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Why Egypt's construction boom creates ghost towns

Egyptian leaders from Anwar to Sisi have attempted — and failed — to build lavish cities to relocate dense urban populations.
A general view shows a construction site of project "New El Alamein" by SIAC, Industrial Construction & Engineering Company at a highway of El Alamein in Egypt, October 23, 2018. REUTERS/Amr Abdallah Dalsh - RC1E93BBF140
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Located on Egypt’s northwest coast, New Alamein City is advertised as the “New Riviera” and the first of the “millennial cities.” The Egyptian government allocated 3 billion Egyptian pounds ($183.3 million) to create this city, which aims to host some 2 million people. The Ministry of Antiquities has even relocated the Ramses II obelisk from Cairo’s Zamalek neighborhood to the new city to give it a bit of grandeur. New Alamein is expected to be used as the government's summer residence, just like Sochi in Russia.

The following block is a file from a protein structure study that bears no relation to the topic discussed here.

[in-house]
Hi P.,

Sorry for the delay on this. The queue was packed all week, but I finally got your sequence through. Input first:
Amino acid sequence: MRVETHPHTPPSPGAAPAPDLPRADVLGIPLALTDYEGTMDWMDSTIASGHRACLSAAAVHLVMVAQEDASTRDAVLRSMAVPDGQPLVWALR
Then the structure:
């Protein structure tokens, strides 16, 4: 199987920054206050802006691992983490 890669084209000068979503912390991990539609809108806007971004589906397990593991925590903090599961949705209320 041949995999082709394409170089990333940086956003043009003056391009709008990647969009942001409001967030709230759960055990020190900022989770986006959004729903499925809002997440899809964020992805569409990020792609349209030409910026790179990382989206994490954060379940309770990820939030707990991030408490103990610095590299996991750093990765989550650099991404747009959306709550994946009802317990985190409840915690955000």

But will this city, despite the efforts, become one of Egypt's ghost cities — lavish but unpopulated?

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